Before Mars is the third book in Emma Newman’s loosely related Planetfall series. Curiously, I still have not read the titular first book in the series, Planetfall. There are a number of reasons for that, but the primary one is that despite having the most number of ratings (11,056) and reviews (1,654) on Goodreads of any of the books in the series, Planetfall also has the lowest average rating, 3.72, which is slightly lower than the 3.75 threshold that I typically use for deciding on whether to start reading a new book. With that said, since I have now read the other books in the series, curiosity will almost certainly lead me to conclude the series by reading the work that was written and published first.
Regarding reading order, the author herself says that the Planetfall books can be read in any order. I'm actually not sure I agree with this view that it would lead to the optimal enjoyment of the series. The events of Book 3, Before Mars, and Book 4, Atlas Alone, clearly happen after most of the events of Book 2, After Atlas, and the events of Book 3 and Book 4 overlap somewhat so that these two can be read in any order. Clearly, the events of Book 1, Planetfall, happen before the other three books, but since its primary event (the Pathfinder project leaves Earth on the Atlas spaceship on an interstellar journey to “find God” out among the stars) is referred to in each of the subsequent books in the series, this means that Book 1 can be read at any time. Books 2 and 4 are the ones where there's a definite causal relationship that precludes reading them in a different order. I know this is a bit long, but I think I have talked myself into recommending this reading order: 1, 2, 4, 3. (This is roughly the temporal order in which the events depicted in each book occur.) I also think that books 3 and 4 can be read in any order but must come after book 2. After I read Book 1 I will discuss whether it would be best read before or after the other 3. My reading order will have been 2,4,3,1.
This review is about book 3, Before Mars, which I think is the most effective of the four books. The story in Before Mars is told from the perspective of Anna Cubrin, a geologist and painter. Cubrin is the latest addition to a small group of specialists at a Mars base named Principia that is exclusively run and operated by people loyal to Stefan Gabor, a multi-billionaire who I'm pretty sure is one of the rare characters who has a speaking role in all four books.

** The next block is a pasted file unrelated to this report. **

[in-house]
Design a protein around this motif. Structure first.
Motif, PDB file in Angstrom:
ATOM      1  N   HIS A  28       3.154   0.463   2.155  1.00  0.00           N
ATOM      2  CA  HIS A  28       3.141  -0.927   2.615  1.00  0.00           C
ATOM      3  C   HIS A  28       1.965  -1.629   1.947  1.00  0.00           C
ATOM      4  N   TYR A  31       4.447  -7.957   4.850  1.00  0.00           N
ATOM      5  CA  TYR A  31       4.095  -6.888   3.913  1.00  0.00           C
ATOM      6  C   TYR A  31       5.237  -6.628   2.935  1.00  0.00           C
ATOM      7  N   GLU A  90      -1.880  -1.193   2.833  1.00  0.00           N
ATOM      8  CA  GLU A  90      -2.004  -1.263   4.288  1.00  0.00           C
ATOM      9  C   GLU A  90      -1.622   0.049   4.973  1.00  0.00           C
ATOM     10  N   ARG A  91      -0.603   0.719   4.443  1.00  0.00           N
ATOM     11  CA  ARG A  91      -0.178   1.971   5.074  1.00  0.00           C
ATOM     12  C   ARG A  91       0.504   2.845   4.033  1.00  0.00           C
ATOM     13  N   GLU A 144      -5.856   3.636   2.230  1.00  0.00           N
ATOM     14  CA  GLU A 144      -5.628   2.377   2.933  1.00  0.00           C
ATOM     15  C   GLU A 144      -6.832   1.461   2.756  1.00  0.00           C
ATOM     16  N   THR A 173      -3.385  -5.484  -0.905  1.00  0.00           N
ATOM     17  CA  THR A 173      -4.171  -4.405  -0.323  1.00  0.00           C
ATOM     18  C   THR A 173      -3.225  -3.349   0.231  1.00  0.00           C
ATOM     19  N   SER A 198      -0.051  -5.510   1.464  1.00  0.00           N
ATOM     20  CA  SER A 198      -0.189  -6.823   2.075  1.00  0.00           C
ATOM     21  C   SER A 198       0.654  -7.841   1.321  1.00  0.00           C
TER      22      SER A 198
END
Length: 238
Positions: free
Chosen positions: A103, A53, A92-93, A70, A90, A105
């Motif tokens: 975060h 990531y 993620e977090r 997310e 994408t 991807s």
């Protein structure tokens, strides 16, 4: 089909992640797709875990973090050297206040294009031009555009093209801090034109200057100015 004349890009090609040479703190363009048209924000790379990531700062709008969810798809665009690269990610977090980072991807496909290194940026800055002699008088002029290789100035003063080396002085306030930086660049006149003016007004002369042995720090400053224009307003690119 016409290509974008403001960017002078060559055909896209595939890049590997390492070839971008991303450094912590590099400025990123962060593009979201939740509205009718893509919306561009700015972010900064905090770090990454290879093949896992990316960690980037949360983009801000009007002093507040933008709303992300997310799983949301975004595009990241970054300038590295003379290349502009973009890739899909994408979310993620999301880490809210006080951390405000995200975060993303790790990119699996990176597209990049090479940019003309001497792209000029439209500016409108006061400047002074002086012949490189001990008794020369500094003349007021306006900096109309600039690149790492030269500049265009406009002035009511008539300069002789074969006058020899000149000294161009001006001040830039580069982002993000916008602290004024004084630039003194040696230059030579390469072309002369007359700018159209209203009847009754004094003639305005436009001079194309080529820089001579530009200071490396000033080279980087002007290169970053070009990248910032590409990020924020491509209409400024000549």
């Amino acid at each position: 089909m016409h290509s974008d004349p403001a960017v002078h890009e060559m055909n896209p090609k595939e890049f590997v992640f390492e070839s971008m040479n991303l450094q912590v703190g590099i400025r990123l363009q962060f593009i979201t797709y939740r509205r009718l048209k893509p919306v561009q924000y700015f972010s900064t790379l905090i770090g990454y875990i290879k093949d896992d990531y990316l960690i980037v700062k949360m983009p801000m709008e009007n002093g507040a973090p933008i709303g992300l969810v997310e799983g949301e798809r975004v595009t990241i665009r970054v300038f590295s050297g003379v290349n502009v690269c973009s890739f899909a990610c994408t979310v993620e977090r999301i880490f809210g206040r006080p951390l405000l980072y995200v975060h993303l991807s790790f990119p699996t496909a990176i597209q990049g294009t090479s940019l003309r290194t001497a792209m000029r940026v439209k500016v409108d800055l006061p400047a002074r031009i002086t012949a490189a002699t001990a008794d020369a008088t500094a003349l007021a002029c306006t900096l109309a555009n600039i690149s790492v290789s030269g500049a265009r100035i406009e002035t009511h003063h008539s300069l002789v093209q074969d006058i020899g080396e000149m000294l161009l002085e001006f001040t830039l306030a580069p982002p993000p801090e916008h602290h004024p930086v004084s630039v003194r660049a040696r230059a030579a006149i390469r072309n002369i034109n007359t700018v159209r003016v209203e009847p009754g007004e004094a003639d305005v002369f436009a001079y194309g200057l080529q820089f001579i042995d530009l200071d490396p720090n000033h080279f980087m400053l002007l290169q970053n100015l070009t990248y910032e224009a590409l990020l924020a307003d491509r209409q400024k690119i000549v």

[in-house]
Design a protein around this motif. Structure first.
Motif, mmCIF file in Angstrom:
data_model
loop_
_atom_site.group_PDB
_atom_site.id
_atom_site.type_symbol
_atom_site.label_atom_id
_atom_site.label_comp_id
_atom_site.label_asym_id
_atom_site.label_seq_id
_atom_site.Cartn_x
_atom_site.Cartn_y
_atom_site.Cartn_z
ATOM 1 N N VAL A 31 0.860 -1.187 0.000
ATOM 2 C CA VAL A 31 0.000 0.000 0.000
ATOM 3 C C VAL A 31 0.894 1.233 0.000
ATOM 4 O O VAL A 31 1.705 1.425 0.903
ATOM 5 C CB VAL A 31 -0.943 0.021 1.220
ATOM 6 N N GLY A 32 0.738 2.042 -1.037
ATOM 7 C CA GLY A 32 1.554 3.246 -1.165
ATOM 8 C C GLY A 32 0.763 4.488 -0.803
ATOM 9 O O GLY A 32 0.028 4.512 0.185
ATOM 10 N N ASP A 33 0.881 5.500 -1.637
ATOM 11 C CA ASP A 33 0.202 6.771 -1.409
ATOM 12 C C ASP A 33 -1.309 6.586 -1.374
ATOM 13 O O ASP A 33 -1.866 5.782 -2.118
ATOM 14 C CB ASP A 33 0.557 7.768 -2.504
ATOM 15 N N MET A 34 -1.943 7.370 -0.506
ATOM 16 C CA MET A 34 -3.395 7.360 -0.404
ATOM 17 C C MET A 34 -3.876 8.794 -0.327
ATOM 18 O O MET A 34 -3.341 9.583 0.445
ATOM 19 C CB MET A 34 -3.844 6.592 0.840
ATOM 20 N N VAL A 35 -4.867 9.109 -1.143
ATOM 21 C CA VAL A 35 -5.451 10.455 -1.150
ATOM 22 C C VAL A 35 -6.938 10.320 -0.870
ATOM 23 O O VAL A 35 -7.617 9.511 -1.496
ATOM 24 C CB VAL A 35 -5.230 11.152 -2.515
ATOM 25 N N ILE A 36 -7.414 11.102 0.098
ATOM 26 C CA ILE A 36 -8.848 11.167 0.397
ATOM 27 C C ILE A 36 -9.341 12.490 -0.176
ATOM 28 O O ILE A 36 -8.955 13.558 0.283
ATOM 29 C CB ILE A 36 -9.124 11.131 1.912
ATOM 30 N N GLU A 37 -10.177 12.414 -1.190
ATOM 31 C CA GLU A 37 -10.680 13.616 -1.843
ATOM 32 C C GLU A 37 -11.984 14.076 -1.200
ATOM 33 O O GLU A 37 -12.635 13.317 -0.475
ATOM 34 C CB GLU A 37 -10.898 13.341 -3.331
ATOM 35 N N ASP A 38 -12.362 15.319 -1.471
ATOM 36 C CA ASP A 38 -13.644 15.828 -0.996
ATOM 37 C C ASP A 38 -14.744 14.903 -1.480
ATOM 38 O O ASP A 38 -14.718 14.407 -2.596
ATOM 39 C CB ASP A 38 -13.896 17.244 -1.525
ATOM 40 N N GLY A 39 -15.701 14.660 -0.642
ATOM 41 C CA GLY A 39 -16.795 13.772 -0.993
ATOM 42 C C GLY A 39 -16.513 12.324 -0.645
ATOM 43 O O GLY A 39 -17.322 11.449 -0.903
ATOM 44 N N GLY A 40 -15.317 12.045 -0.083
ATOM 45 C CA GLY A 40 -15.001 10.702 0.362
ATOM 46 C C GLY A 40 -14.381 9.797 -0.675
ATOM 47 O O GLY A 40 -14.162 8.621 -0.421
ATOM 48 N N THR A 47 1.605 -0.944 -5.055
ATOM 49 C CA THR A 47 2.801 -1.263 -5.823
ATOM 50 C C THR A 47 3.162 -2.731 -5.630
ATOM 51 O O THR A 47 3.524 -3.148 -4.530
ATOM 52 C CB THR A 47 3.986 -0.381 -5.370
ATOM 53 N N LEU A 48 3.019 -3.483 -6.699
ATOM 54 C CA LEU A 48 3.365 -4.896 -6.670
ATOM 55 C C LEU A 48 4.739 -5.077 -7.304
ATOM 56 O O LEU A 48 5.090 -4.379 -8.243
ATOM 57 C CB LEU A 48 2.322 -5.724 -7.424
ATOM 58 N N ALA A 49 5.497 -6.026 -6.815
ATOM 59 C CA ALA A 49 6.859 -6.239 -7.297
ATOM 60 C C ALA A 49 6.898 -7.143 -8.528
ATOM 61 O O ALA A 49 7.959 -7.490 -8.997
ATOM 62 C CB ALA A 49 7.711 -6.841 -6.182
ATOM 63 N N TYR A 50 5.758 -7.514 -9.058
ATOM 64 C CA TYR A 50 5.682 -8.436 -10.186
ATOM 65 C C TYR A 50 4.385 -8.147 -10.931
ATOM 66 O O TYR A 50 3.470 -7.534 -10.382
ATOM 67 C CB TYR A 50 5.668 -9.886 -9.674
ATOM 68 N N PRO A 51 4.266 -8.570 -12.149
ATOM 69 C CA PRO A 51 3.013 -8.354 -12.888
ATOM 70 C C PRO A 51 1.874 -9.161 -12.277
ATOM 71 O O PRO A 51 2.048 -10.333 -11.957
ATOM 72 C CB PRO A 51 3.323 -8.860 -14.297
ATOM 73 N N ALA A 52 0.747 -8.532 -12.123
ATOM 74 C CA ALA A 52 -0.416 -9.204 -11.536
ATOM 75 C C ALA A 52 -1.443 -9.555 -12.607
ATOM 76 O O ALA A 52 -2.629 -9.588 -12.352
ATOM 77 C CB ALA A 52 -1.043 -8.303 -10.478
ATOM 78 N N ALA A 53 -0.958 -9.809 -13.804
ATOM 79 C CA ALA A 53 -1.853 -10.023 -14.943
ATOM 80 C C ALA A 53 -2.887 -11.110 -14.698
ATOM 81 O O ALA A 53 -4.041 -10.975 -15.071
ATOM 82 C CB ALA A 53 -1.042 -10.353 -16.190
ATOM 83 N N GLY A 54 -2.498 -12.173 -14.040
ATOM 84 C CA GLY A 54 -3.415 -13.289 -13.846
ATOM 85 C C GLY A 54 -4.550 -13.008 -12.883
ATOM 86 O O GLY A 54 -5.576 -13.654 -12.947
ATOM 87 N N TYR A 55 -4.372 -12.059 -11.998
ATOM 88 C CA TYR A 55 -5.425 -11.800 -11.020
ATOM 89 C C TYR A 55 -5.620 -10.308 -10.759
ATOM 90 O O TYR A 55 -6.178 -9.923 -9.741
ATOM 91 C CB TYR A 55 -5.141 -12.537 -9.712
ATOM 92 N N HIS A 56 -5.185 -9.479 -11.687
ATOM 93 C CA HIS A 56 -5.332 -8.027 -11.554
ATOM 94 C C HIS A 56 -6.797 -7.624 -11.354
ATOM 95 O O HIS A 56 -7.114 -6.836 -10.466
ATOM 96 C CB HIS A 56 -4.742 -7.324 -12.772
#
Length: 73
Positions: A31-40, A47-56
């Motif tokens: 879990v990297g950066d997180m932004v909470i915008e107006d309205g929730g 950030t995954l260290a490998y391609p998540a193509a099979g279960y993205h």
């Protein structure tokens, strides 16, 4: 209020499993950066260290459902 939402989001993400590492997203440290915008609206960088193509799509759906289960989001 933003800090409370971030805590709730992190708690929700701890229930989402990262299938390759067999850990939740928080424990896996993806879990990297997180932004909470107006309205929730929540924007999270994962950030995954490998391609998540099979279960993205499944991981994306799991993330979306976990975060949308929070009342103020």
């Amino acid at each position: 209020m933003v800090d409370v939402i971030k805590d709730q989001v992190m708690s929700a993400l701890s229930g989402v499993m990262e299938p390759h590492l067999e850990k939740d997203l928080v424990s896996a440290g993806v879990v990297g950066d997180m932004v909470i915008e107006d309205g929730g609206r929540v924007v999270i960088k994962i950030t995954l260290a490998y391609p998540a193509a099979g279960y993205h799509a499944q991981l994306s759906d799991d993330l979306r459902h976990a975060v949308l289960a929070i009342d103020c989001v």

Cubrin is the prototypical unreliable narrator; we discover that her father experienced some kind of mental collapse that led to a near-fatal attack on his wife/Anna’s mother and his subsequent incarceration. As soon as Cubrin arrives at Principia, strange things start to happen which causes her to question her grip on reality and it is during this period that her father’s mental problems are revealed to the reader, as well as Cubrin's fervent wish that the mental collapse that happened to him will not happen to her too. By centering Cubrin’s mental state so early, the author makes it clear that Before Mars will be more of a psychological thriller than its preceding books. The reader also begins to question whether how well Cubrin’s perception of events jibes with reality, which is what the character also does.
The vast majority of the content of Before Mars either takes place in Cubrin’s head or is
communicated to the reader in her voice. Oftentimes, this literary device would be unappealing to me but the circumstances here are so unusual and the character is so unlike others that I have spent time with in the first-person in a science fiction story that this time it kept me engrossed in the book.
As the plot proceeds the reader gets more and more examples of things that are not what they seem at Principia, and we also learn more about the other members of the Principia team. We also learn more about Cubrin’s relationship with her husband and infant daughter that she left on Earth and spent 9 months traveling to the red planet to be on Gabor’s payroll to produce paintings of Mars that he intends to send exclusively to private collectors. When events come to a head towards the end of the book (reflecting the effects of events that happened at the end of Book 2), the emotional impact on the reader is immense.
Overall, I think Before Mars is the best of the three Planetfall books I have read so far because while it still contains the technological advances of the other books (machine-neural interfaces that allow artificial intelligence to directly monitor bodily functions and mental well-being; augmented virtual reality called “immersives”; and interplanetary space travel) it has a more compelling (if less likable) central character in Anna Cubrin than Book 2's Carlos Moreno and does a better job of being a psychological thriller than Book 2 did in being a police procedural murder mystery. However, I definitely am curious to see what genre categories Book 1 (Planetfall) straddles and to find out how well it is done.
Title: Before Mars (Planetfall, #3).
Author: Emma Newman.
Length: 352 pages.
Publisher: Ace Books.
Date Published: April 17, 2018.
Date Read: April 13, 2023.
OVERALL GRADE: A- (3.67/4.0).